The blue-necked tanager (Tangara cyanicollis) is a species of bird in the family Thraupidae.
DISTRIBUTION. It is found in Bolivia, Brazil, Colombia, Ecuador, Peru, and Venezuela.
HABITAT. Its natural habitats are subtropical or tropical moist lowland forest, subtropical or tropical moist montane forest, and heavily degraded former forest. They are found at elevation from 300 to 2400 meters (~1,000 – 8,000 feet) above sea level – however, they are most common above 1000 m (~3,000 feet).
It prefers open spaces with lots of trees and brush, including parks and gardens
DESCRIPTION. The blue-necked tanager averages 12 cm in length and weighs approximately 17 g. They have a blue hood and throat. The wing coverts, wing edges, and rump are turquoise to a greenish straw color. The posterior underparts are black, violet, or blue. The juveniles are brownish gray, with a hint of adult coloration. Coloration of adults varies slightly by region. The beaks, legs, and feet are black. Males can be identified by their brighter-colored wing bars.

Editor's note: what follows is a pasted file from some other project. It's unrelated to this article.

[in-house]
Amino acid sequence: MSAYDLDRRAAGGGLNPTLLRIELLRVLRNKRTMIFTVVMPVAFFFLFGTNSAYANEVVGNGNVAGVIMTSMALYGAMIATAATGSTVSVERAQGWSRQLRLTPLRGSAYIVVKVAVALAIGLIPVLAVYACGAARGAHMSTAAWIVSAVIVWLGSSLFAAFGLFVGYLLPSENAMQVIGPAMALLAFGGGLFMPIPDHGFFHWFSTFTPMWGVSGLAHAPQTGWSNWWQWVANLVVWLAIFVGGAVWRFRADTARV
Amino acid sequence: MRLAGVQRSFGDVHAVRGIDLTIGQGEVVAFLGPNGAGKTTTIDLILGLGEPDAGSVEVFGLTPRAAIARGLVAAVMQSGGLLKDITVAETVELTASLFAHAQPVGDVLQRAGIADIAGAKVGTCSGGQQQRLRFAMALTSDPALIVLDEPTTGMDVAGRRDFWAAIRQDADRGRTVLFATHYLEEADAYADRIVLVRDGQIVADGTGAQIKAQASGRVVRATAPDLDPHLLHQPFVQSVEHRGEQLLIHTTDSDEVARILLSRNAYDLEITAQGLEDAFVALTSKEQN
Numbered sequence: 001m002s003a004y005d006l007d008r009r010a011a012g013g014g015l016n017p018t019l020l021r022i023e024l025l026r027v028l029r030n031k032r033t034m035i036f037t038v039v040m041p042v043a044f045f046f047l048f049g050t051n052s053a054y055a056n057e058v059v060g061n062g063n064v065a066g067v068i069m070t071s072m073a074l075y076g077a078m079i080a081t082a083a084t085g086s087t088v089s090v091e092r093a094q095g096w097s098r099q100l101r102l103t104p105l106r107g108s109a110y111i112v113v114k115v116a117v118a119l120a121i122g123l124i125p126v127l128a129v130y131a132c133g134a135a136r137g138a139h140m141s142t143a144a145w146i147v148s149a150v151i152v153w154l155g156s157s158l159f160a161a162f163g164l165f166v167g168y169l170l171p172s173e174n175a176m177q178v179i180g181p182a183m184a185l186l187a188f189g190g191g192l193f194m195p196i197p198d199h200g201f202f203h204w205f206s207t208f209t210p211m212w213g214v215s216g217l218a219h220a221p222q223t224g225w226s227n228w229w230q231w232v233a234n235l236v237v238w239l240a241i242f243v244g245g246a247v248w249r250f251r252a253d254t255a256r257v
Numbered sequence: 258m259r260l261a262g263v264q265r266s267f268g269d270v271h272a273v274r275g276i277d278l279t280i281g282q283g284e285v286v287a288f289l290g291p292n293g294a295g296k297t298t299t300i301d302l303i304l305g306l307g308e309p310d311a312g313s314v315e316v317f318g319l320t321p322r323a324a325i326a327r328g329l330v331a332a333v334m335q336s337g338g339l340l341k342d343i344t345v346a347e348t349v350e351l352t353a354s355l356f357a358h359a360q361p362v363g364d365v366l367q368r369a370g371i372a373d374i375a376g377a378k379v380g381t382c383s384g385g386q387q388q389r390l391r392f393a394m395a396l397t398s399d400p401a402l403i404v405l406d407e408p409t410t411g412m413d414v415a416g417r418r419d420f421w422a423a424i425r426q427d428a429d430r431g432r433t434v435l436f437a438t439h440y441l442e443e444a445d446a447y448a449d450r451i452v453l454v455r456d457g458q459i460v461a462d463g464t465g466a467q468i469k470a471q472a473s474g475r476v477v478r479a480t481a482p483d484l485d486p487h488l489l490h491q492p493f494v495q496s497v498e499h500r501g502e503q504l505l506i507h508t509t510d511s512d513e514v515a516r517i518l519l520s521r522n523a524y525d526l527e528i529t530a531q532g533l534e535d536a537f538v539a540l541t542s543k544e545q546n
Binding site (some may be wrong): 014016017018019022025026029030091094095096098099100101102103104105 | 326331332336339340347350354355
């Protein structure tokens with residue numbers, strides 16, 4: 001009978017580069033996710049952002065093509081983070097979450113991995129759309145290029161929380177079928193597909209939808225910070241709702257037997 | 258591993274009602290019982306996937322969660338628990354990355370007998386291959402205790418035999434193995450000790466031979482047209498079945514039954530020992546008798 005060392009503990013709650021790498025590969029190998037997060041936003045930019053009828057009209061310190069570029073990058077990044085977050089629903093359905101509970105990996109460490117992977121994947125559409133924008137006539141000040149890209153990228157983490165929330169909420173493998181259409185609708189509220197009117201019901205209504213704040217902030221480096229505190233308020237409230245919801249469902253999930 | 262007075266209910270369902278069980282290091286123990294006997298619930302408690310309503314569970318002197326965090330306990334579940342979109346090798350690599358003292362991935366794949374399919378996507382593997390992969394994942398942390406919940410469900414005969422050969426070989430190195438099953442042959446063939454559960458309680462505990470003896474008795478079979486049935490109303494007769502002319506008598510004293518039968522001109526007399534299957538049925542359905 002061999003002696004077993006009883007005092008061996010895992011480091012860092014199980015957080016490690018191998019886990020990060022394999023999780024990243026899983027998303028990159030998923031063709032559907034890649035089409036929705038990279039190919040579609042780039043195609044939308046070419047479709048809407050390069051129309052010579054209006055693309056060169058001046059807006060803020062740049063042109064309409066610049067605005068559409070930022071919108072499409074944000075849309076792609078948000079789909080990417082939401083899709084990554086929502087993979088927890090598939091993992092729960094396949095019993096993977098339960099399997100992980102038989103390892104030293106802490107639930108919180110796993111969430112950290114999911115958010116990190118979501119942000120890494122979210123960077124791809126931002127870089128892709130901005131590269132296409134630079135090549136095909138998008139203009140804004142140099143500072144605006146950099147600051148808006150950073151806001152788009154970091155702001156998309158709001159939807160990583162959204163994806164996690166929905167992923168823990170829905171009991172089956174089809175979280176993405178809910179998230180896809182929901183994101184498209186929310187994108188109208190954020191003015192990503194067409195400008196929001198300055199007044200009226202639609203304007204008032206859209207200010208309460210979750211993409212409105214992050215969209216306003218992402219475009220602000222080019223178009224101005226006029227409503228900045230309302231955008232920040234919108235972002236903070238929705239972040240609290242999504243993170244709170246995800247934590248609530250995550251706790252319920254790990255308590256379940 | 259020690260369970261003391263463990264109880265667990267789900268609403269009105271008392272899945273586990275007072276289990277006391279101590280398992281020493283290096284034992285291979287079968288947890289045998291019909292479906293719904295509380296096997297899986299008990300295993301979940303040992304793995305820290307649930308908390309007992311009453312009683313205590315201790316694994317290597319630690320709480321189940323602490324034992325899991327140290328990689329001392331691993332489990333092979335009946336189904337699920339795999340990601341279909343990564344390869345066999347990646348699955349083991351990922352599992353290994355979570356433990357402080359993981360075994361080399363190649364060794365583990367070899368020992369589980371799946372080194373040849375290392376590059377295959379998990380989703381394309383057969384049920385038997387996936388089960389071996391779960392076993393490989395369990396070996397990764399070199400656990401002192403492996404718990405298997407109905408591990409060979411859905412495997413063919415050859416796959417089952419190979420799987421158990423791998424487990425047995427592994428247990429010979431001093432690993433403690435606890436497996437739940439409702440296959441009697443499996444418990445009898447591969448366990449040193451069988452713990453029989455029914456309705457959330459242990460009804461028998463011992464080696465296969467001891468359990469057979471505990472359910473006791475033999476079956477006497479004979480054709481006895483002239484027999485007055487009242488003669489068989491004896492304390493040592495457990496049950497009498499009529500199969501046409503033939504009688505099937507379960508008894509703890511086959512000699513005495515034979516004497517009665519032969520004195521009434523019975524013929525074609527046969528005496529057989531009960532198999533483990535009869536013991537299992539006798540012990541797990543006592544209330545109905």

DIET. The diet of the blue-necked tanager consists of fruits, berries, flower blossoms and insects. Tanagers will pick insects from leaves, or sometimes in flight, but fruit is the major dietary item.
NESTING / BREEDING. The female builds a cup nest of moss, usually well concealed, and lays an average of 2 white eggs with brown spotting. Incubation is 13–14 days and the chicks fledge after 15–16 days. The male and female feed the nestlings on insects and fruit, and may be assisted by helpers.
SUBSPECIES. As of 2011, seven different subspecies of Tangara cyanicollis were officially recognized, each with its own particular coloration and specific geographical region. These include cyanopygia, the only species with a blue rump, found in western Ecuador; the Brazilian albotibialis, whose thighs and tibia are white; granadensis, found in the Colombian Andes; hannahiae, found in Venezuela; caeruleocephala, ranging from the Andes into Peru; melanogaster, native to Bolivia and Brazil; and, in Peru and Bolivia, Tangara cyanicollis cyanicollis.
AVICULTURE. There are concerns about the large numbers of this beautiful bird species being taken from their natural habitat and exported in large numbers to meet demands for the pet market. Some groups have dedicated themselves to establish captive breeding programs in the United States specifically to be able to supply captive-bred instead of wild-caught birds.
CONSERVATION STATUS. While a steady supply of birds is taken from this environment for the pet trade, the species for now still carries the IUCN’s “least concern” designation due to its large range and distribution.
MAP AND SOUNDS. https://www.xeno-canto.org/310057